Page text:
Tuesday, April 19, 2016

Politics without Philosophy

Korea on April 13th had their parliamentary elections. A seminary philosophy professor expresses his opinion in a column of the Catholic Times on the absence of philosophy in politics. Noise is what we hear, and he believes it's the natural outcome of politicians trying to persuade citizens to vote for them.

He laments the effort is not to present the truth to citizens but crudely to separate themselves from others with whom they are contending for votes. They don't  seem conscious of the voters need to be given life, but only their greed and lack of concern for the citizens and absence of authenticity.

Plato in his dialogues on Law writes that the duty of a nation is to give citizens a correct understanding of "God" if we want order throughout the country, this is similar in meaning to the teaching of Jesus: "Set your hearts on his kingdom first, and on his righteousness, and all these other things will be given you as well" (Matt.6:33).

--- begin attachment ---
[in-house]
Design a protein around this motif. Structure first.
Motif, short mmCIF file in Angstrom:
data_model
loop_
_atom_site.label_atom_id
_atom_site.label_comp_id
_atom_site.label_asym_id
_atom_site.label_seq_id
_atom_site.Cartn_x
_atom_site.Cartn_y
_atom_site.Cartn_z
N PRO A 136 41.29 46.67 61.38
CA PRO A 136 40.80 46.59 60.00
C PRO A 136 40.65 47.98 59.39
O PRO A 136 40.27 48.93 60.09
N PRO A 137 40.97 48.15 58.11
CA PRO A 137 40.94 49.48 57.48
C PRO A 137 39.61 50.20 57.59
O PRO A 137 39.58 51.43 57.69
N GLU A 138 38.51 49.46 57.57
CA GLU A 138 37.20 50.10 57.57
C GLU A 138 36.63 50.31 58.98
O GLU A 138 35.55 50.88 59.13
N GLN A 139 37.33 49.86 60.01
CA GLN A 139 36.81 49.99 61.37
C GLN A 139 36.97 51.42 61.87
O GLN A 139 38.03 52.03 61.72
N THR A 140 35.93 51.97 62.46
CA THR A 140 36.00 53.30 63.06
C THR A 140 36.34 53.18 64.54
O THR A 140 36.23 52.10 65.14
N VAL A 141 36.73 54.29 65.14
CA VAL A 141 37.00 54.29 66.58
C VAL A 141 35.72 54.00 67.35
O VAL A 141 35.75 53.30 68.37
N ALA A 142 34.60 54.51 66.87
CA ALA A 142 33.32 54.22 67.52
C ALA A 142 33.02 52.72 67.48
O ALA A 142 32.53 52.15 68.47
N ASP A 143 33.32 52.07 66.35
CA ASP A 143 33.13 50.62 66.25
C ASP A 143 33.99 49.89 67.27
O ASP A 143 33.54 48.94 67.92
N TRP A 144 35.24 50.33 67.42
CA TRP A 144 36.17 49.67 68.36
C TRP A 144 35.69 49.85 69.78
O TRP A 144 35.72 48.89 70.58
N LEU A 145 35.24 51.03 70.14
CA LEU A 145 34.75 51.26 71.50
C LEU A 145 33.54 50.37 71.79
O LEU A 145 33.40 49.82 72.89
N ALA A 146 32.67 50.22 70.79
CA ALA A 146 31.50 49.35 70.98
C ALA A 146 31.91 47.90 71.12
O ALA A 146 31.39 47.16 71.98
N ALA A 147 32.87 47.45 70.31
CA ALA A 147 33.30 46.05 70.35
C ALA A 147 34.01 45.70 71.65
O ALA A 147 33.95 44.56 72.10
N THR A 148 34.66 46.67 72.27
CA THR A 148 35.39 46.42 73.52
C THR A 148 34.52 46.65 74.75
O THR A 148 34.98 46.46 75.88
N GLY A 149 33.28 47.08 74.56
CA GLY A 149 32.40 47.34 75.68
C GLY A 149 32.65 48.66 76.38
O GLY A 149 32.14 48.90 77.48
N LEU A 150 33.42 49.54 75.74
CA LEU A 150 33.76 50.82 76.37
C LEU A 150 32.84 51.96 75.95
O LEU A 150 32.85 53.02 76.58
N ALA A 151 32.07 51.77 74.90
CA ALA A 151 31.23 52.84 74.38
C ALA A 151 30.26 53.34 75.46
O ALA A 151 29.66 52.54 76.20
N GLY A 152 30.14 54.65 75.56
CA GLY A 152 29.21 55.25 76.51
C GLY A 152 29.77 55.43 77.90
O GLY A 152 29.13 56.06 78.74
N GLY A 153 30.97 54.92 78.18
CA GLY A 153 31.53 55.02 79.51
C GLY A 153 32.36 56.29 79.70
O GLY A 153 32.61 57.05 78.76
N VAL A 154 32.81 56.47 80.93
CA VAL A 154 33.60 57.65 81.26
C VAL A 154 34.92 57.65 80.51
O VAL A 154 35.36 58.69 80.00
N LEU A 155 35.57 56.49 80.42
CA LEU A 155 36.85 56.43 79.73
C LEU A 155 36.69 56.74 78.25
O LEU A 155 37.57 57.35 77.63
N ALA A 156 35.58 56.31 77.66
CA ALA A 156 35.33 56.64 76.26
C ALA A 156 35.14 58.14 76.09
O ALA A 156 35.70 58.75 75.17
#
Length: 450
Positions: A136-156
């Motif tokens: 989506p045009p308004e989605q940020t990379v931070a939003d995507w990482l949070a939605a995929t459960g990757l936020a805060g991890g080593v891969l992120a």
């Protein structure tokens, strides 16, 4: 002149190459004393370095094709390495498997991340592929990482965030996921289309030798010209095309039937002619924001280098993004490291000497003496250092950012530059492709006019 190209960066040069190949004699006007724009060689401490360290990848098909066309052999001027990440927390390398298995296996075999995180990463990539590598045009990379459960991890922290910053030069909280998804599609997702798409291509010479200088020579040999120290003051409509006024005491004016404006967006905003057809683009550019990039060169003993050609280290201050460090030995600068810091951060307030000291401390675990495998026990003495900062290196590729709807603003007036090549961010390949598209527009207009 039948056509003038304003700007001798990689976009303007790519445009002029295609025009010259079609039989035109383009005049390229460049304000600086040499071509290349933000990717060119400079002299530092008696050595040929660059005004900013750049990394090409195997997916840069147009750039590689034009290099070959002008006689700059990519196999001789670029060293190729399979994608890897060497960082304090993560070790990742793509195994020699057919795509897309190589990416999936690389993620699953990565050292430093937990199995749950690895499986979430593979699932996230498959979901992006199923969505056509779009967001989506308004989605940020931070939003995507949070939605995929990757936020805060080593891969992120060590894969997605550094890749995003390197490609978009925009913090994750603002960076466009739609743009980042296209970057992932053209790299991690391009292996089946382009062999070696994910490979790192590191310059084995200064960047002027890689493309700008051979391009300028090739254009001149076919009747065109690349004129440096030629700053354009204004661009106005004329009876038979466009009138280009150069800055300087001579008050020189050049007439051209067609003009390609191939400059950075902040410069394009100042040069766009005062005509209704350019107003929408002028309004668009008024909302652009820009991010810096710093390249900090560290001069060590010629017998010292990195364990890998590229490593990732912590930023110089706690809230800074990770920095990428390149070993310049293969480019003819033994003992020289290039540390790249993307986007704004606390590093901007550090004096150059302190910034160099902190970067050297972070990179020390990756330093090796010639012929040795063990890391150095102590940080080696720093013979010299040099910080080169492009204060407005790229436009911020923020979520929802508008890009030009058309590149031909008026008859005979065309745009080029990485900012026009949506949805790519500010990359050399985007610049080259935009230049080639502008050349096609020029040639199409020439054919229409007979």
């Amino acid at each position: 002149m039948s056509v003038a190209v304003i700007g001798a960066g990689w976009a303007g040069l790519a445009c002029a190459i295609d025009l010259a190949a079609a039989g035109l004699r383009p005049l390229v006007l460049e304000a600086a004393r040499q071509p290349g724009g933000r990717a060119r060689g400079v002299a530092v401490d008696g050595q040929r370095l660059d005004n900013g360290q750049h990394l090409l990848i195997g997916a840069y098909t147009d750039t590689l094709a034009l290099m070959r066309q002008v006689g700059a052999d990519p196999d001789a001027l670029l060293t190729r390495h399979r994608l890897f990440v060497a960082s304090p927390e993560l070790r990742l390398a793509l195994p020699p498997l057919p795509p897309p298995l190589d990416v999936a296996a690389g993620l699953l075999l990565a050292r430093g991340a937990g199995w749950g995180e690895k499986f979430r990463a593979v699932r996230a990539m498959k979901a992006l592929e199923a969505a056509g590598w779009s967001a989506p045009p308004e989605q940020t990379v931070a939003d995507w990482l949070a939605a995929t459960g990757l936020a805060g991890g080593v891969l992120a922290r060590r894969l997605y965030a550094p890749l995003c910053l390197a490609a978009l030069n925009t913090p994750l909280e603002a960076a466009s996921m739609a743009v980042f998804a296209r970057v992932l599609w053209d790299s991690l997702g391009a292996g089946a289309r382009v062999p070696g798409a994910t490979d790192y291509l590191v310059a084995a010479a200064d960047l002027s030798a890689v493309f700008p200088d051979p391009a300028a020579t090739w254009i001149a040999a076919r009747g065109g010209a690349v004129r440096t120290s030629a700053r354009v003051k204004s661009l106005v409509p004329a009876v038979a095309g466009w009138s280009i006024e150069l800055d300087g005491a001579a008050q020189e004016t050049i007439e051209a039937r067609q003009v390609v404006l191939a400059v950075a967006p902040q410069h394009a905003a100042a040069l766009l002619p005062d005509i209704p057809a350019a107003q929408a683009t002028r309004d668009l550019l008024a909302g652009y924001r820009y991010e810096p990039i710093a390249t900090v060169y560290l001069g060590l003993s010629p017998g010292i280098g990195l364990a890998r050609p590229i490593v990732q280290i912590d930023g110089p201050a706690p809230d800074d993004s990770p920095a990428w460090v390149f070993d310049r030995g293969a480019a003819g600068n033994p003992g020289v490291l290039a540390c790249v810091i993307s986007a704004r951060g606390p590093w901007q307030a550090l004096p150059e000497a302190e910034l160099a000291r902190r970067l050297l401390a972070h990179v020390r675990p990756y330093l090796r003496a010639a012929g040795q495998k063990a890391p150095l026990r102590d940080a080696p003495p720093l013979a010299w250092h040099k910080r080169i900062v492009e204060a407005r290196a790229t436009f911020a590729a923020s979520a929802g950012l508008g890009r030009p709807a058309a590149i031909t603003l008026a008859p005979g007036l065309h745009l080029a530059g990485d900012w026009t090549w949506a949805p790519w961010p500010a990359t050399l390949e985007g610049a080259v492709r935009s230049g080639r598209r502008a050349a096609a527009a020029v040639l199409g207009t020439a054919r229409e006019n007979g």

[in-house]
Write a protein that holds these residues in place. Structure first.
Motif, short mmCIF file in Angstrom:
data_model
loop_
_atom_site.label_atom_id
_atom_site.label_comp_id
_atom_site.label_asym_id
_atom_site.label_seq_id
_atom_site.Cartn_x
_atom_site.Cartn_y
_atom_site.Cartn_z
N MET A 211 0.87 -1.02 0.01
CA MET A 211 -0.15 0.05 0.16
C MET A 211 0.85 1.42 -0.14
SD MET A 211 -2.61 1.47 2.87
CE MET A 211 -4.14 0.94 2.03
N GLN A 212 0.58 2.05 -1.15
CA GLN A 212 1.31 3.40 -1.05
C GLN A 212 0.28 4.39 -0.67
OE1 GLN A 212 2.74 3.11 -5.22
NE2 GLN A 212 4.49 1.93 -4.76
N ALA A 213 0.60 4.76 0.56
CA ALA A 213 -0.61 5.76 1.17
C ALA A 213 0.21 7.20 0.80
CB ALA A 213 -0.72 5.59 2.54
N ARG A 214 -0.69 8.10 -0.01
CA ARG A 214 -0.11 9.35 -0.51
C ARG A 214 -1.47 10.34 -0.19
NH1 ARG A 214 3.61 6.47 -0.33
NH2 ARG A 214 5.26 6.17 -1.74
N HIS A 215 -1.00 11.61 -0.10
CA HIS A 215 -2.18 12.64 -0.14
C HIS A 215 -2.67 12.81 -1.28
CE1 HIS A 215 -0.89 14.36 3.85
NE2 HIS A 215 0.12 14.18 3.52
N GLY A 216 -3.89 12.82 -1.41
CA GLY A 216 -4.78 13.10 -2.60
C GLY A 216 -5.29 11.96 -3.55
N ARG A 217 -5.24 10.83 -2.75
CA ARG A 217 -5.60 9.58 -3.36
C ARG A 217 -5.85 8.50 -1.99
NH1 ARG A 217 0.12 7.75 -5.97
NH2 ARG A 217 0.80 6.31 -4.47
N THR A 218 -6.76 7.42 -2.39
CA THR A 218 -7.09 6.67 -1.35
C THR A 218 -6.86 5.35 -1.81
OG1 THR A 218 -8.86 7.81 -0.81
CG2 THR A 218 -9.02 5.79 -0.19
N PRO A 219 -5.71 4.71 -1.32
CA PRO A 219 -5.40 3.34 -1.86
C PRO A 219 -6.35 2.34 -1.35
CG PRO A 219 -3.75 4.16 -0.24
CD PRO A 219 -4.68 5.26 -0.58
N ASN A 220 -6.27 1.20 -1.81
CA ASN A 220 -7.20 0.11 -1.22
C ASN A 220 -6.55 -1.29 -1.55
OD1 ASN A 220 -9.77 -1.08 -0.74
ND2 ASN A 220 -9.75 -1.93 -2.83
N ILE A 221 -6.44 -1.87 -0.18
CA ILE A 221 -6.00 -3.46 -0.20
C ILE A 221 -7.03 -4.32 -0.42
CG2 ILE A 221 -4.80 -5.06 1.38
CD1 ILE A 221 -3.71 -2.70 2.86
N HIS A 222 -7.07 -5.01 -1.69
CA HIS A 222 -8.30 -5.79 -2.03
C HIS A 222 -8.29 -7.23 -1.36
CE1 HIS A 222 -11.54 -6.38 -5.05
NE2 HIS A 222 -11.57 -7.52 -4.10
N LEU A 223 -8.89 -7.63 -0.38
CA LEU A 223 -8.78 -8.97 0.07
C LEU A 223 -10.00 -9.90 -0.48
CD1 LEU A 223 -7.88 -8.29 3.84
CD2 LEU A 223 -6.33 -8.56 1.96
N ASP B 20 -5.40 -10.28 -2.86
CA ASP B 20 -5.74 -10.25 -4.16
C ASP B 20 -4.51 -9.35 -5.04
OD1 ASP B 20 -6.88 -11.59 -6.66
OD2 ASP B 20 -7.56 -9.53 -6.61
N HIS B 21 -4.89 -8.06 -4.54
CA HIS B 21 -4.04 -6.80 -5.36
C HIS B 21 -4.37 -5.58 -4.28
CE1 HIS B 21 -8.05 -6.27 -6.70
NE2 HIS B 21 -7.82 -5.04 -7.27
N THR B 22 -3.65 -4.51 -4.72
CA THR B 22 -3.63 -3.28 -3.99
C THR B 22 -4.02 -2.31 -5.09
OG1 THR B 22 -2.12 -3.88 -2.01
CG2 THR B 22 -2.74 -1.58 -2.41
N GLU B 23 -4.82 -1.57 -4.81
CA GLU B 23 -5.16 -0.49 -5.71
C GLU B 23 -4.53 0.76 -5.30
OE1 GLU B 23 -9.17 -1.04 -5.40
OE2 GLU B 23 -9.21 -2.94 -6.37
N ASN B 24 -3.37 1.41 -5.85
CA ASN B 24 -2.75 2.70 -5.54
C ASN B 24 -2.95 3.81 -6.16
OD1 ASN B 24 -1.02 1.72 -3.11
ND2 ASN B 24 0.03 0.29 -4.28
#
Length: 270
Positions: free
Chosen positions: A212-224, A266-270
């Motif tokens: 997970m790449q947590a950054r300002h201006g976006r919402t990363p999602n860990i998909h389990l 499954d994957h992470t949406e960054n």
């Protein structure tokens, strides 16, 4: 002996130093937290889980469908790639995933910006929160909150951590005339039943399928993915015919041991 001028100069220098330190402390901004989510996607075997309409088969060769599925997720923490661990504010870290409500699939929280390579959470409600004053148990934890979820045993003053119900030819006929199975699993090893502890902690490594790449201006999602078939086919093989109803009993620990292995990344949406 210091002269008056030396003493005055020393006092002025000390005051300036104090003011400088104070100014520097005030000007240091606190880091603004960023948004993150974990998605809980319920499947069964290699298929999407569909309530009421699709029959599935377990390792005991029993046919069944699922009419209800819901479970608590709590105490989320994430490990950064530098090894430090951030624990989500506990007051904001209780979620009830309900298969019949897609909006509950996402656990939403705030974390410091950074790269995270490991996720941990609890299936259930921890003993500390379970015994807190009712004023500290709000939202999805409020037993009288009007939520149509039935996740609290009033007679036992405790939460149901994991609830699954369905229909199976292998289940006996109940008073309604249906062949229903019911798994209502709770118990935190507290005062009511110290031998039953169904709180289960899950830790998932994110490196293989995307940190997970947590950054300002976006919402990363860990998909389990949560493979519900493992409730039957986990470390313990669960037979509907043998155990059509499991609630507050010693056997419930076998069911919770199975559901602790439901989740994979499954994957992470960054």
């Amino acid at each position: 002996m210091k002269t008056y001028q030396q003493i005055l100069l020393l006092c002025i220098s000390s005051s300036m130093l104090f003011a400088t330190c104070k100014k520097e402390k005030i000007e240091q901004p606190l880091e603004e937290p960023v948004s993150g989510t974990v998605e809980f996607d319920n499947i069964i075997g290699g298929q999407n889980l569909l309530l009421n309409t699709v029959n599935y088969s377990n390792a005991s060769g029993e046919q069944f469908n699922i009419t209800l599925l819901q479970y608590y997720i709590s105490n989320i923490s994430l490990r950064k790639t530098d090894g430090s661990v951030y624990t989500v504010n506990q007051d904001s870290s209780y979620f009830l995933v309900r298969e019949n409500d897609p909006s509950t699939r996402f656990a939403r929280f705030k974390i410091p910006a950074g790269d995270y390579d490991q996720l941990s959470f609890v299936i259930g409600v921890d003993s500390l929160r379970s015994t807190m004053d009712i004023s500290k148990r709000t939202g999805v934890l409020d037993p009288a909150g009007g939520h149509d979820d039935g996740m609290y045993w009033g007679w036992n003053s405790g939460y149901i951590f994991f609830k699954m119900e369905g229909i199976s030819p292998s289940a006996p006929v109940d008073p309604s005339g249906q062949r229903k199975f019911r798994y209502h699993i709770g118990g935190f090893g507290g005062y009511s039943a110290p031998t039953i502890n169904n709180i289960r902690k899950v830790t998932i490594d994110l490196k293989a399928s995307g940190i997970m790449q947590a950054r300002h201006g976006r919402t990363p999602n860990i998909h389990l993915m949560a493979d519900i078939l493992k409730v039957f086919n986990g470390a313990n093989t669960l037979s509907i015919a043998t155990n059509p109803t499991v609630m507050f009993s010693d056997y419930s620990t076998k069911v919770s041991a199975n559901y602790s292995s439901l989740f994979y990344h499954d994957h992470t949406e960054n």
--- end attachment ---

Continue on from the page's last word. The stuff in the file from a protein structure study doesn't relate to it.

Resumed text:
Both Plato's right understanding of "God" and Jesus's kingdom and righteousness is asking us to choose life, and to do this we need a correct philosophy that precedes politics. Politicians need concern for problems if we want a healthy society, and right reason to address the problems. 

The writer mentions a person who was the governor of a municipality in Germany, who he met and on one, occasion asked: what was his philosophy of politics? He answered without delay: to prevent harm being  done to the citizens. The professor liked what was said.  

Our politicians speak about the crisis of economics and ask the voters to vote for them to better their lives: nothing about policies and visions.  With this kind of silly propaganda, "let us live well" we are not dealing with philosophy.
He is not surprised when many reading his shallow words retort: does philosophy put  food on our tables? When we deal with temporary methods and lack a correct understanding of family and educational problems, we are mortgaging the future. Koreans have seen the harm done in our history with policies that have not been grounded in right reason. 

He concludes his article  reminding the readers of the recent competition in the board game of Go: a computer program in which the human lost four of the five games played. In a game, we have the human player spending the night going over his moves and trying to find the mistakes. If this is true in a game, how much more for those who are looking forward to leading the country.

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